A recent report from the United Kingdom is shedding new light on low frequency sound dispersion and the overall impact on nearby residents and the environment.
Infrasound is lower than 20-Hertz in frequency, the "normal" limit of human hearing.
Grey-Bruce Medical Officer of Health, Doctor Hazel Lynn, tells Bayshore Broadcasting News the document suggests Health Canada and similar organizations should consider the effects of infrasound in regards to wind farms.
At 550-metres the sound pressure wave coming off of an industrial wind turbine is reduced to 30-decibels, which is no louder than the noise in your bedroom at night.
However, infrasound is dependant on atmospheric conditions such as air pressure, wind direction and cloud cover --- and the lower the frequency, the further it travels.
According to Doctor Lynn, if you move people two-kilometres from wind turbine developments, the distress level decreases significantly.
She says a lot of the studies on infrasound are completed by the United States Navy.
The critical motion sickness range, which is thought to be responsible for the side-effects some nearby residents experience, is between 1-9 Hertz.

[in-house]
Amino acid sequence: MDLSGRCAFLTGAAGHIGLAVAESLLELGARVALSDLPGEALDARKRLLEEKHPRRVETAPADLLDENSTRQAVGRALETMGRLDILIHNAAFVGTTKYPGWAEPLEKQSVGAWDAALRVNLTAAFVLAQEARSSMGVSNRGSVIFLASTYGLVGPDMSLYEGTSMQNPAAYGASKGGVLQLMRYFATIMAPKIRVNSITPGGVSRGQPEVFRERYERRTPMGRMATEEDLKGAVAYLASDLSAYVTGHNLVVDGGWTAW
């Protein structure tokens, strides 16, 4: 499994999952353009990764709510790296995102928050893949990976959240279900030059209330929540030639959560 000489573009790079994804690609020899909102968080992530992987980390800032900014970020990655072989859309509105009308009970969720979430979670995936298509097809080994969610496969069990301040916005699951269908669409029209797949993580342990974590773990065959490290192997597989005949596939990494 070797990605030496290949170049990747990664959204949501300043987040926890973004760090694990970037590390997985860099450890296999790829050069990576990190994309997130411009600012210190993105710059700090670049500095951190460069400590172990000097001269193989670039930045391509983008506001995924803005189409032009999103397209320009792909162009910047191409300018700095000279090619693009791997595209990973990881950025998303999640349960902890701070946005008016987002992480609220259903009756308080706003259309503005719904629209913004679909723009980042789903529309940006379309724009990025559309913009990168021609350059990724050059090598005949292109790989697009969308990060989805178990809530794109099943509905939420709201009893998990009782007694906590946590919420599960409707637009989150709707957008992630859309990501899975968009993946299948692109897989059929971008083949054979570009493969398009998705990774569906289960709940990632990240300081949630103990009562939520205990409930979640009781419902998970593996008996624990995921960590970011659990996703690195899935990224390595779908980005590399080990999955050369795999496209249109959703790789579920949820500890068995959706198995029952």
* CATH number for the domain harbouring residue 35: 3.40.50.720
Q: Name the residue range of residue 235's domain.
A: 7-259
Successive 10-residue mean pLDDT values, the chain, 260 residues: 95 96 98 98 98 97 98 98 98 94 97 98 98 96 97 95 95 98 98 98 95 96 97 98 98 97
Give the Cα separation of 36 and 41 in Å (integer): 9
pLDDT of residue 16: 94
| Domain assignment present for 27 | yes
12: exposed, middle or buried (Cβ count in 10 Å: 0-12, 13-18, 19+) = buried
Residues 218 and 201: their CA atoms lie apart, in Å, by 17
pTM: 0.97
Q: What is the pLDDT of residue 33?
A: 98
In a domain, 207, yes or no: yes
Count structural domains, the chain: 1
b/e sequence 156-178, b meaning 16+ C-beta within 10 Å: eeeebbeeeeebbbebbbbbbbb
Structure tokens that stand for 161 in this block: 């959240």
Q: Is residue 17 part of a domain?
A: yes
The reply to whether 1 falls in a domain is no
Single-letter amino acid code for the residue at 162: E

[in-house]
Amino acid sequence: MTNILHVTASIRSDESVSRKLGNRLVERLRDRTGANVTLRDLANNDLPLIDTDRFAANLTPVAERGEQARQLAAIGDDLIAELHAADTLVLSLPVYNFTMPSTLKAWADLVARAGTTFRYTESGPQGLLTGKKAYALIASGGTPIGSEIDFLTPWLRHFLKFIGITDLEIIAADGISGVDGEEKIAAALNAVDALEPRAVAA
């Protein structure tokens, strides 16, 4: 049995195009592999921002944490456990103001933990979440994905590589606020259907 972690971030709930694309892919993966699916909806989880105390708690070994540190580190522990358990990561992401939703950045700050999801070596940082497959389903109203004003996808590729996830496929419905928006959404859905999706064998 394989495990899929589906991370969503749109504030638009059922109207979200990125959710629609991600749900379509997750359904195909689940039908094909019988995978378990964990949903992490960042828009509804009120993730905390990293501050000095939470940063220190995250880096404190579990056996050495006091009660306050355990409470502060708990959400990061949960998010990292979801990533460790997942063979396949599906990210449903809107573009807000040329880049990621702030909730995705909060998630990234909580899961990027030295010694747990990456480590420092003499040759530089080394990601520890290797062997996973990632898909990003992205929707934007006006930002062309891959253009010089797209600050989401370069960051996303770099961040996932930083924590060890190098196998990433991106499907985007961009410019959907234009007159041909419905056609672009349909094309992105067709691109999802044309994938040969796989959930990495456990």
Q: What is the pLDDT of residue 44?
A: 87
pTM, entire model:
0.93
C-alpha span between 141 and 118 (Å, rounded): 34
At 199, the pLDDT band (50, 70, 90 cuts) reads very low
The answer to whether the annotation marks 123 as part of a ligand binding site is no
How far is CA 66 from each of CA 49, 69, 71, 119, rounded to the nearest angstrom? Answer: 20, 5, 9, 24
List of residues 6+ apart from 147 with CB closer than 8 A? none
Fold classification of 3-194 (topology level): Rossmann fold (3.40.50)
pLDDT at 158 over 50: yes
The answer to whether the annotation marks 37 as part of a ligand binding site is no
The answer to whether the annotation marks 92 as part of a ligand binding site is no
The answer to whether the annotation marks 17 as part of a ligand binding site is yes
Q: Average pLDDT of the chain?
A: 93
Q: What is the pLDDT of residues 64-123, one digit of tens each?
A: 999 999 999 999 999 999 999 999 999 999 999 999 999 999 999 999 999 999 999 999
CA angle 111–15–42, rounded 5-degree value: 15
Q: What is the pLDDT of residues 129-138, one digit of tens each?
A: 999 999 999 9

At those frequencies, industrial wind turbines produce sound pressure waves that are allegedly much stronger than the 40-decibel limit allowed under the Green Energy Act.
Even with this information, Doctor Lynn tells us there isn't much the Grey-Bruce Health Unit can do to measure infrasound and make meaningful recommendations.
The MOH says it took decades to realize the harmful affects of smoking, and Dr. Lynn is confident it'll take a similar amount of time to analyze the data from wind turbines.
In some countries wind turbine set-backs are in excess of two-kilometres, while the Netherlands effectively ended on-shore developments in 2011 by cancelling subsidies.